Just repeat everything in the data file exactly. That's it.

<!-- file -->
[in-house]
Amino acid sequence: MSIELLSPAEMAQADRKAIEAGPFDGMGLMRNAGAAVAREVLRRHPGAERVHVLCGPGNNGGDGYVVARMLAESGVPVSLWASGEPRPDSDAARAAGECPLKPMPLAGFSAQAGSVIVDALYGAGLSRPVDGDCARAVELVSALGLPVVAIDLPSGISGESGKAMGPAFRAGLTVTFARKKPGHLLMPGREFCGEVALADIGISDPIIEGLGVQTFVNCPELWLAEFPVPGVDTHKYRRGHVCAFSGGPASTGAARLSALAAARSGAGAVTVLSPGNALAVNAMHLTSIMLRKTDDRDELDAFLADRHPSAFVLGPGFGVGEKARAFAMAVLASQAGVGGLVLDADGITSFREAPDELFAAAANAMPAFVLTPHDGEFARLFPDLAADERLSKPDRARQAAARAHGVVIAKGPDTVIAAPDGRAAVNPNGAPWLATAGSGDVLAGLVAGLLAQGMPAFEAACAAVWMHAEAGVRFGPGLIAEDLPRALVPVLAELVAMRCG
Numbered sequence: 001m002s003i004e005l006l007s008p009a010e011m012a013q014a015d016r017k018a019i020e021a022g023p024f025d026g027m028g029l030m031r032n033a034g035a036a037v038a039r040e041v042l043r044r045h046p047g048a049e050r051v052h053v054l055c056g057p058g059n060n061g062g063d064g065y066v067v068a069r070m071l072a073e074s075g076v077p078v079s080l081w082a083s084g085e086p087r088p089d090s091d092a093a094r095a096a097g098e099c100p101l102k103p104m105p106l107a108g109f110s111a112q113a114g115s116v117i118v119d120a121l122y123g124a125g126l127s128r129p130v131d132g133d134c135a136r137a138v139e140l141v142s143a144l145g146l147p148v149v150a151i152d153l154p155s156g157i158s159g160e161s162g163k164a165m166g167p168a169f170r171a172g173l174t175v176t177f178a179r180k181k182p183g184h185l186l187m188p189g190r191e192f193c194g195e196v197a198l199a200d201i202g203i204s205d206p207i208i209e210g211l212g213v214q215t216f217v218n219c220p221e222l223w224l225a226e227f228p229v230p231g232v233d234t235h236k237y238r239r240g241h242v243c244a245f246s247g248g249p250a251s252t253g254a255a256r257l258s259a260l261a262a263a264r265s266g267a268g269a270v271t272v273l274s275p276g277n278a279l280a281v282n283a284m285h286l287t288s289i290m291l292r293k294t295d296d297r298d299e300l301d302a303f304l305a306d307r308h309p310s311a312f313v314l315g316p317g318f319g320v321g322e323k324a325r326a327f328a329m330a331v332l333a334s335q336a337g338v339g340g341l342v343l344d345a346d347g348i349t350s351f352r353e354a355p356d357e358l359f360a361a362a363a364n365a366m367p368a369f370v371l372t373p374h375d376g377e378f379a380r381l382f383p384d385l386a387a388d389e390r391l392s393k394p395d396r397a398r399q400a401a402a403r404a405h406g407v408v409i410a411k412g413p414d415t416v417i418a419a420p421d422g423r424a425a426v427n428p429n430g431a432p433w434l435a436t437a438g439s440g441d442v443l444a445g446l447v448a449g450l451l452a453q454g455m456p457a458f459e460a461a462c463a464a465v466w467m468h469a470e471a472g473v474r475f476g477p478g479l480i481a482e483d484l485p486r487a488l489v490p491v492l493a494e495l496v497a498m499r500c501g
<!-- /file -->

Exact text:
[in-house]
Amino acid sequence: MSIELLSPAEMAQADRKAIEAGPFDGMGLMRNAGAAVAREVLRRHPGAERVHVLCGPGNNGGDGYVVARMLAESGVPVSLWASGEPRPDSDAARAAGECPLKPMPLAGFSAQAGSVIVDALYGAGLSRPVDGDCARAVELVSALGLPVVAIDLPSGISGESGKAMGPAFRAGLTVTFARKKPGHLLMPGREFCGEVALADIGISDPIIEGLGVQTFVNCPELWLAEFPVPGVDTHKYRRGHVCAFSGGPASTGAARLSALAAARSGAGAVTVLSPGNALAVNAMHLTSIMLRKTDDRDELDAFLADRHPSAFVLGPGFGVGEKARAFAMAVLASQAGVGGLVLDADGITSFREAPDELFAAAANAMPAFVLTPHDGEFARLFPDLAADERLSKPDRARQAAARAHGVVIAKGPDTVIAAPDGRAAVNPNGAPWLATAGSGDVLAGLVAGLLAQGMPAFEAACAAVWMHAEAGVRFGPGLIAEDLPRALVPVLAELVAMRCG
Numbered sequence: 001m002s003i004e005l006l007s008p009a010e011m012a013q014a015d016r017k018a019i020e021a022g023p024f025d026g027m028g029l030m031r032n033a034g035a036a037v038a039r040e041v042l043r044r045h046p047g048a049e050r051v052h053v054l055c056g057p058g059n060n061g062g063d064g065y066v067v068a069r070m071l072a073e074s075g076v077p078v079s080l081w082a083s084g085e086p087r088p089d090s091d092a093a094r095a096a097g098e099c100p101l102k103p104m105p106l107a108g109f110s111a112q113a114g115s116v117i118v119d120a121l122y123g124a125g126l127s128r129p130v131d132g133d134c135a136r137a138v139e140l141v142s143a144l145g146l147p148v149v150a151i152d153l154p155s156g157i158s159g160e161s162g163k164a165m166g167p168a169f170r171a172g173l174t175v176t177f178a179r180k181k182p183g184h185l186l187m188p189g190r191e192f193c194g195e196v197a198l199a200d201i202g203i204s205d206p207i208i209e210g211l212g213v214q215t216f217v218n219c220p221e222l223w224l225a226e227f228p229v230p231g232v233d234t235h236k237y238r239r240g241h242v243c244a245f246s247g248g249p250a251s252t253g254a255a256r257l258s259a260l261a262a263a264r265s266g267a268g269a270v271t272v273l274s275p276g277n278a279l280a281v282n283a284m285h286l287t288s289i290m291l292r293k294t295d296d297r298d299e300l301d302a303f304l305a306d307r308h309p310s311a312f313v314l315g316p317g318f319g320v321g322e323k324a325r326a327f328a329m330a331v332l333a334s335q336a337g338v339g340g341l342v343l344d345a346d347g348i349t350s351f352r353e354a355p356d357e358l359f360a361a362a363a364n365a366m367p368a369f370v371l372t373p374h375d376g377e378f379a380r381l382f383p384d385l386a387a388d389e390r391l392s393k394p395d396r397a398r399q400a401a402a403r404a405h406g407v408v409i410a411k412g413p414d415t416v417i418a419a420p421d422g423r424a425a426v427n428p429n430g431a432p433w434l435a436t437a438g439s440g441d442v443l444a445g446l447v448a449g450l451l452a453q454g455m456p457a458f459e460a461a462c463a464a465v466w467m468h469a470e471a472g473v474r475f476g477p478g479l480i481a482e483d484l485p486r487a488l489v490p491v492l493a494e495l496v497a498m499r500c501g